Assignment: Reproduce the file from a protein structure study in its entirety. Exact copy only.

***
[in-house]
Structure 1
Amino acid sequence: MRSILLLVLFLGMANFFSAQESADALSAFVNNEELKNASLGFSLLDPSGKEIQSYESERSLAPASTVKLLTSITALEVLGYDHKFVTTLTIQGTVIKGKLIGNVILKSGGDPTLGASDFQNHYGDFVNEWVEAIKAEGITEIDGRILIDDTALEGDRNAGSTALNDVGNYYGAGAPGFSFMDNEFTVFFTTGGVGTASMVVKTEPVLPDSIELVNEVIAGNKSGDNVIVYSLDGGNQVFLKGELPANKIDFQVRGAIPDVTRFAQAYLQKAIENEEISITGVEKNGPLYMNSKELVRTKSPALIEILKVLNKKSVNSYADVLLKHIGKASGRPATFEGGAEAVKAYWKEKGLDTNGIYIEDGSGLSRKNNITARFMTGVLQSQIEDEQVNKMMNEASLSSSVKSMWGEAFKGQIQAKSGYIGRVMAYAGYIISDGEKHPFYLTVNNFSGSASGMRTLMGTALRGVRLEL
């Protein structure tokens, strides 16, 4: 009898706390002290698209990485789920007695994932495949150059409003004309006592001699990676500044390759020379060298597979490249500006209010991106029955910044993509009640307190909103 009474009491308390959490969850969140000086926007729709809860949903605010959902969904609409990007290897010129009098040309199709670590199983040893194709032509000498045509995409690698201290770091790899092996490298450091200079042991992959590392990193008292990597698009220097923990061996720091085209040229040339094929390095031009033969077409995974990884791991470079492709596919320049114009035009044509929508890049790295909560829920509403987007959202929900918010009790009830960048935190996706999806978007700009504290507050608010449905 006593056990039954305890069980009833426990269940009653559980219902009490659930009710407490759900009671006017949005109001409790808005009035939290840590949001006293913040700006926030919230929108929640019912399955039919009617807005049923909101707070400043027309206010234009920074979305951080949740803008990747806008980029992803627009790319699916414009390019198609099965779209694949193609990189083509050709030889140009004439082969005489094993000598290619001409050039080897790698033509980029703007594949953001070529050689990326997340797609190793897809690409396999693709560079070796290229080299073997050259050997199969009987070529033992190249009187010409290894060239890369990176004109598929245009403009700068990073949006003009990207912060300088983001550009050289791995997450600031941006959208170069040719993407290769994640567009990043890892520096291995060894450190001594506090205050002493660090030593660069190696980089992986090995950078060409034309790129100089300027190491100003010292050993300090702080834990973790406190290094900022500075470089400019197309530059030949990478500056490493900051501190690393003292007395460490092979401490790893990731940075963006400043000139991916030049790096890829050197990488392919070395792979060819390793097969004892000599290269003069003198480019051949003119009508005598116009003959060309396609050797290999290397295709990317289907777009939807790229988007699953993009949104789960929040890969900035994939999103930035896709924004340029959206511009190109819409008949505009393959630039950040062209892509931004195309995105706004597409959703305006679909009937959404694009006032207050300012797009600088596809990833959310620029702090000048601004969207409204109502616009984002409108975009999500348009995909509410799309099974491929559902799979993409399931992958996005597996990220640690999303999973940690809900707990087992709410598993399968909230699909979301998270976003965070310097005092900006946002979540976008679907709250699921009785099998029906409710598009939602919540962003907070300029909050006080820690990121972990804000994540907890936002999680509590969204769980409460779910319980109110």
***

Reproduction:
[in-house]
Structure 1
Amino acid sequence: MRSILLLVLFLGMANFFSAQESADALSAFVNNEELKNASLGFSLLDPSGKEIQSYESERSLAPASTVKLLTSITALEVLGYDHKFVTTLTIQGTVIKGKLIGNVILKSGGDPTLGASDFQNHYGDFVNEWVEAIKAEGITEIDGRILIDDTALEGDRNAGSTALNDVGNYYGAGAPGFSFMDNEFTVFFTTGGVGTASMVVKTEPVLPDSIELVNEVIAGNKSGDNVIVYSLDGGNQVFLKGELPANKIDFQVRGAIPDVTRFAQAYLQKAIENEEISITGVEKNGPLYMNSKELVRTKSPALIEILKVLNKKSVNSYADVLLKHIGKASGRPATFEGGAEAVKAYWKEKGLDTNGIYIEDGSGLSRKNNITARFMTGVLQSQIEDEQVNKMMNEASLSSSVKSMWGEAFKGQIQAKSGYIGRVMAYAGYIISDGEKHPFYLTVNNFSGSASGMRTLMGTALRGVRLEL
């Protein structure tokens, strides 16, 4: 009898706390002290698209990485789920007695994932495949150059409003004309006592001699990676500044390759020379060298597979490249500006209010991106029955910044993509009640307190909103 009474009491308390959490969850969140000086926007729709809860949903605010959902969904609409990007290897010129009098040309199709670590199983040893194709032509000498045509995409690698201290770091790899092996490298450091200079042991992959590392990193008292990597698009220097923990061996720091085209040229040339094929390095031009033969077409995974990884791991470079492709596919320049114009035009044509929508890049790295909560829920509403987007959202929900918010009790009830960048935190996706999806978007700009504290507050608010449905 006593056990039954305890069980009833426990269940009653559980219902009490659930009710407490759900009671006017949005109001409790808005009035939290840590949001006293913040700006926030919230929108929640019912399955039919009617807005049923909101707070400043027309206010234009920074979305951080949740803008990747806008980029992803627009790319699916414009390019198609099965779209694949193609990189083509050709030889140009004439082969005489094993000598290619001409050039080897790698033509980029703007594949953001070529050689990326997340797609190793897809690409396999693709560079070796290229080299073997050259050997199969009987070529033992190249009187010409290894060239890369990176004109598929245009403009700068990073949006003009990207912060300088983001550009050289791995997450600031941006959208170069040719993407290769994640567009990043890892520096291995060894450190001594506090205050002493660090030593660069190696980089992986090995950078060409034309790129100089300027190491100003010292050993300090702080834990973790406190290094900022500075470089400019197309530059030949990478500056490493900051501190690393003292007395460490092979401490790893990731940075963006400043000139991916030049790096890829050197990488392919070395792979060819390793097969004892000599290269003069003198480019051949003119009508005598116009003959060309396609050797290999290397295709990317289907777009939807790229988007699953993009949104789960929040890969900035994939999103930035896709924004340029959206511009190109819409008949505009393959630039950040062209892509931004195309995105706004597409959703305006679909009937959404694009006032207050300012797009600088596809990833959310620029702090000048601004969207409204109502616009984002409108975009999500348009995909509410799309099974491929559902799979993409399931992958996005597996990220640690999303999973940690809900707990087992709410598993399968909230699909979301998270976003965070310097005092900006946002979540976008679907709250699921009785099998029906409710598009939602919540962003907070300029909050006080820690990121972990804000994540907890936002999680509590969204769980409460779910319980109110």